As mentioned above, using cryptocurrency to purchase an asset generally triggers gain/loss on the disposition of the cryptocurrency when it is offered as consideration in a purchase. Once purchased, the value paid for the NFT and the associated fees become the purchaser’s basis in the NFT. Again, careful documentation of the value of the NFT and any holding or transaction fees is highly recommended.

Selling a Previously Purchased NFT

Disposing of an NFT that was previously purchased (as opposed to an NFT sold by its creator) should be treated like the disposition of stock or land. Any consideration received is offset by the seller’s basis. Resulting gain or loss should be reported as short- or long-term capital gain. Capital gain rates are 0%, 15%, or 20%, depending on the income level of the investor in the year of disposition. However, a higher capital gain rate applies when the NFT meets the definition of a “collectible.” Gain on the sale of collectibles is subject to a 28% capital gain rate. See below for a discussion of collectibles.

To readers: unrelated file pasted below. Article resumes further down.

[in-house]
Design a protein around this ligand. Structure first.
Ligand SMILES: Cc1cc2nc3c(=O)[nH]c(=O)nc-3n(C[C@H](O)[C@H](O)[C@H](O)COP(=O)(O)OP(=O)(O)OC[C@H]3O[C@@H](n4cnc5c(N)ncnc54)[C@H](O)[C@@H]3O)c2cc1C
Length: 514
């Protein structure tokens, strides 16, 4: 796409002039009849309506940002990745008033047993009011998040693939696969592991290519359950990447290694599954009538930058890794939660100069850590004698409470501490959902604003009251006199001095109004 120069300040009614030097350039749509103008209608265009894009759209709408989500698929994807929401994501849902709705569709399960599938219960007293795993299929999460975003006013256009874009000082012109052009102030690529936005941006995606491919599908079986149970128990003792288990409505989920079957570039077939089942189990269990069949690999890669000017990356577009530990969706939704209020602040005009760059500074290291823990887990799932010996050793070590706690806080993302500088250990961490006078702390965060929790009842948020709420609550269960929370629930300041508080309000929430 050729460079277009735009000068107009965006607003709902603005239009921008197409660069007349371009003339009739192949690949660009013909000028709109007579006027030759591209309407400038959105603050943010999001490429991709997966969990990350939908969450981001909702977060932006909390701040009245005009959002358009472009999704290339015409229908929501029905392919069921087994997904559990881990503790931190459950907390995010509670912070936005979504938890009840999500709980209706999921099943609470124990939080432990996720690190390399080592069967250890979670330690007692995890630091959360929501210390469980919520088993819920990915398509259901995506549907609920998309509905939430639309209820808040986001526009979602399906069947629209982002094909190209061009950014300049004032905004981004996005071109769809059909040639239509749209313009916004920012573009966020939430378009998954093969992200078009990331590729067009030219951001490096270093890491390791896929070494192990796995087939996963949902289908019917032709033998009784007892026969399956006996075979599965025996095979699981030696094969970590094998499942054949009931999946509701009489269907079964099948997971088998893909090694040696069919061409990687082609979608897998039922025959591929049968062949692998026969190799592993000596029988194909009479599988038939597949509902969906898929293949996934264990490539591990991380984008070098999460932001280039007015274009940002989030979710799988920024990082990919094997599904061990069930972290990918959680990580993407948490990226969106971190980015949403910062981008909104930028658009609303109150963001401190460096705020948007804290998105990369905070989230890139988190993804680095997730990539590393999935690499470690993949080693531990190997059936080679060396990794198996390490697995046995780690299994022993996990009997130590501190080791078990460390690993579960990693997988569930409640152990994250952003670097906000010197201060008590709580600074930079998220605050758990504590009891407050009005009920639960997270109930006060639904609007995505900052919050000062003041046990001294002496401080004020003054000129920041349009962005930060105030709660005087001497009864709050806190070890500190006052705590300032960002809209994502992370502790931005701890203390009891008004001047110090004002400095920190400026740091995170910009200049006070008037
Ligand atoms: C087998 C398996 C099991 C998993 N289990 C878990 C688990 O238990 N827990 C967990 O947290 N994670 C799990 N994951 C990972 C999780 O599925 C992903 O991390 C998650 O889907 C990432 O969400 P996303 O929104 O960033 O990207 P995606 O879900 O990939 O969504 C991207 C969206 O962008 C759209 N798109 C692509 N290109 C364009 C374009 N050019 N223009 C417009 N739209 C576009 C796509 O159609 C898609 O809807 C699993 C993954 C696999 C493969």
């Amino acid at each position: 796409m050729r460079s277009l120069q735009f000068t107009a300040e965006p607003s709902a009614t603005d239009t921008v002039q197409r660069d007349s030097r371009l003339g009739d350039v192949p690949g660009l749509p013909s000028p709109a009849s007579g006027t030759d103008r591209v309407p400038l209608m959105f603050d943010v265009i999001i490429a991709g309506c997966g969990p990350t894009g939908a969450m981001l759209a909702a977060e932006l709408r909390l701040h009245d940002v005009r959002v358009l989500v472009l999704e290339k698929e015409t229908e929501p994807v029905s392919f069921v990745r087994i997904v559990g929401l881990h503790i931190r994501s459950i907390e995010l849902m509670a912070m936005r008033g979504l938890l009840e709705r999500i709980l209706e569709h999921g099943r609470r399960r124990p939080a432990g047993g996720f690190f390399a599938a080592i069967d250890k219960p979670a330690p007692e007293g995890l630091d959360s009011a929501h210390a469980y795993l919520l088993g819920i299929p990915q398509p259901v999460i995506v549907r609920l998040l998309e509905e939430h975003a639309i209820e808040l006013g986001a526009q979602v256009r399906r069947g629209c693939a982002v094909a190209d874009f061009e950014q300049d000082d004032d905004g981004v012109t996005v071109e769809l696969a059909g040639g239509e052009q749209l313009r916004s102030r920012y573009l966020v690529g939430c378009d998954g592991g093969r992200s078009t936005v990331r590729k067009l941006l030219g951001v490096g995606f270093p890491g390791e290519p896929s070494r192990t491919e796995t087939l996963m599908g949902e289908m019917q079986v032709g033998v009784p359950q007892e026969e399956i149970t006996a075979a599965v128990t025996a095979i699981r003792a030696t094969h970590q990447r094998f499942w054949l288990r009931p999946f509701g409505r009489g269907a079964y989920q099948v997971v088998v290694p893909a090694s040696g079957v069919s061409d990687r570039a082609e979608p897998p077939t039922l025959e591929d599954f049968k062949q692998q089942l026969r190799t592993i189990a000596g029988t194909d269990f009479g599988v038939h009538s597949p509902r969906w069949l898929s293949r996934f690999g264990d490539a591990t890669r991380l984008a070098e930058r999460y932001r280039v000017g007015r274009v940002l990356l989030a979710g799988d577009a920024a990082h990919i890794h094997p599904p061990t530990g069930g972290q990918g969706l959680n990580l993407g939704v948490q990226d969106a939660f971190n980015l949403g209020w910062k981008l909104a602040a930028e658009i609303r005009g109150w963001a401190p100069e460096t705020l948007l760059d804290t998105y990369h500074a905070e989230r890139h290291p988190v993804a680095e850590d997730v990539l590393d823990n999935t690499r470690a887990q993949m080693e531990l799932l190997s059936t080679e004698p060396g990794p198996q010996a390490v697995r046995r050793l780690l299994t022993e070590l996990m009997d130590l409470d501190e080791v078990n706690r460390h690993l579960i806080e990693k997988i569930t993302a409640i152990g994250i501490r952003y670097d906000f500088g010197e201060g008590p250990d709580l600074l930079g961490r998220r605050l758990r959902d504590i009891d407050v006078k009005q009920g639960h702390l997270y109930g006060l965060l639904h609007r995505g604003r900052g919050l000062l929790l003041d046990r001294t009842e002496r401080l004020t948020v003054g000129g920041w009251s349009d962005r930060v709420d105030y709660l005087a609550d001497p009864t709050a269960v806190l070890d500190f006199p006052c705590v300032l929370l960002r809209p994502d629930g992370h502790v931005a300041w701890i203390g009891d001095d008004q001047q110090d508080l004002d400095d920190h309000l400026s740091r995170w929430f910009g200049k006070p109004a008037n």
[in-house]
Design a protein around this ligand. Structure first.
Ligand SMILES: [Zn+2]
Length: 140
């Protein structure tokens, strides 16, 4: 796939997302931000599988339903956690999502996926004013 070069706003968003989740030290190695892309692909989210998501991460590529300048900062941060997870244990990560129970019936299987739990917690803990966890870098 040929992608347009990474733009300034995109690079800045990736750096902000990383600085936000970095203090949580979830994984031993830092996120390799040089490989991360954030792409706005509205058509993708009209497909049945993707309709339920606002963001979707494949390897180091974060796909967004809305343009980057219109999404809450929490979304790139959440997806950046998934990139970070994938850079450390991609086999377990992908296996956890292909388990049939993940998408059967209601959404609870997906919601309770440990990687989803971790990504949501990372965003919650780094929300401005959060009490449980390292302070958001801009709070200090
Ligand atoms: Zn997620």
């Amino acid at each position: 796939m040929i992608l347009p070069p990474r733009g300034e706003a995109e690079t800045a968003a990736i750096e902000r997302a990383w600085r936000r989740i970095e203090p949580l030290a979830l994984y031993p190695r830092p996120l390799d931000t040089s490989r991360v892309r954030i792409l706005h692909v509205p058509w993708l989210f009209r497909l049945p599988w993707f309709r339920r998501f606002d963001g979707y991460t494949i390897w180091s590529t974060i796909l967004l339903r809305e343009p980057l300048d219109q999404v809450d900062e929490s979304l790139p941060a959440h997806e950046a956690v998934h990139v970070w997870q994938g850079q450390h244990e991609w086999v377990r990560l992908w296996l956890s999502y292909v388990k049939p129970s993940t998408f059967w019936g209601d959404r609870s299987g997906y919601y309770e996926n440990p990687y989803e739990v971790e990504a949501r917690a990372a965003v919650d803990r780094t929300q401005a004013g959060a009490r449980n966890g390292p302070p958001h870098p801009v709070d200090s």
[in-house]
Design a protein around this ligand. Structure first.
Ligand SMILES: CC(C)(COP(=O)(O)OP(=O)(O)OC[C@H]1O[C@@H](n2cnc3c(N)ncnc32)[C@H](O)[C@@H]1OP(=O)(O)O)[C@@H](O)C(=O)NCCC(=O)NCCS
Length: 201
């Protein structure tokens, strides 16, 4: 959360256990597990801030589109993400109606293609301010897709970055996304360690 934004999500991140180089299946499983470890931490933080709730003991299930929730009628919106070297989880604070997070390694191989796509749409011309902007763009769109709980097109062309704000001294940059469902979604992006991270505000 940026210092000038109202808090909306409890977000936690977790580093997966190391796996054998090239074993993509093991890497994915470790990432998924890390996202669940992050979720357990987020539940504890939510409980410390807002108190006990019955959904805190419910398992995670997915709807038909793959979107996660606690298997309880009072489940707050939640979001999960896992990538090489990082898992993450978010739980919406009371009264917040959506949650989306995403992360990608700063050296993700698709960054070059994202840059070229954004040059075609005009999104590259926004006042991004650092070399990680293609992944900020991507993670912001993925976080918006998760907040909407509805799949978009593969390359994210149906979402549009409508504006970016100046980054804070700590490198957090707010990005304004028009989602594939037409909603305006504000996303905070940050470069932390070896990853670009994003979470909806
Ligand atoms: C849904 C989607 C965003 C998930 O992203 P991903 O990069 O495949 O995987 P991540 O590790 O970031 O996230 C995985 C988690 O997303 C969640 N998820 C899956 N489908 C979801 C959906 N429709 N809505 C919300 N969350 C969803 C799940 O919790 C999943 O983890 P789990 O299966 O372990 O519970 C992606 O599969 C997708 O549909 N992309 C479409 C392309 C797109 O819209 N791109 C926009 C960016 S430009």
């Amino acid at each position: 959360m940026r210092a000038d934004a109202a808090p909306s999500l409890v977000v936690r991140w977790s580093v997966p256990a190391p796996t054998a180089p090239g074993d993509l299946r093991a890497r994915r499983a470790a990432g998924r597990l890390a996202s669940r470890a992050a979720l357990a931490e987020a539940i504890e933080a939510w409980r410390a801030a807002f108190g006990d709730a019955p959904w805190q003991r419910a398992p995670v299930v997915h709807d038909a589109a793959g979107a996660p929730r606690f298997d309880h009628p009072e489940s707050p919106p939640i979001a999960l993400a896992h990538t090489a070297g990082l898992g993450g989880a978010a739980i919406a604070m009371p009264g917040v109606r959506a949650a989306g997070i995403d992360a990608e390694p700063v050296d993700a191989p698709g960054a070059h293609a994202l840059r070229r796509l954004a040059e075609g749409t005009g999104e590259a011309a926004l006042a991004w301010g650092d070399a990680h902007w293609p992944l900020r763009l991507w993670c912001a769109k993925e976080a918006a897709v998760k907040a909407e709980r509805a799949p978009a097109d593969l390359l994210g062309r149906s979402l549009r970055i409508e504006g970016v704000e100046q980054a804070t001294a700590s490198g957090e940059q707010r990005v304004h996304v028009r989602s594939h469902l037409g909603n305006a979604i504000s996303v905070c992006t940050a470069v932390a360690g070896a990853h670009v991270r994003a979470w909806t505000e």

Exchanging an NFT for an NFT

If two parties decide to exchange NFTs, both could be required to recognize gain, loss, or ordinary income on the transaction. Each would need to determine the value of the NFT given up in the exchange. When determining the gain or loss on the transaction, the value of the NFT should be offset by the holder’s basis. Such gain will be subject to tax at the applicable short-term or long-term capital gains rate (including the collectible rate), depending on how long the NFT was held by each party to the transaction. Determining the NFT’s value in an NFT-for-NFT exchange may be difficult, depending on the circumstance. There may be little market value information available, such as comparable transactions, and determining what the IRS will accept as documentation of value is hard to predict. Substantiating the value for tax purposes may warrant obtaining a third-party appraisal/opinion (or the equivalent) when the value is significant. The nature of the gain recognized will depend on the type of parties involved in the transactions. Investors should recognize short- or long-term capital gain. Those who created the NFTs exchanged should be subject to ordinary income and self-employment tax as noted above.

Receiving an NFT in a Game or Similar Activity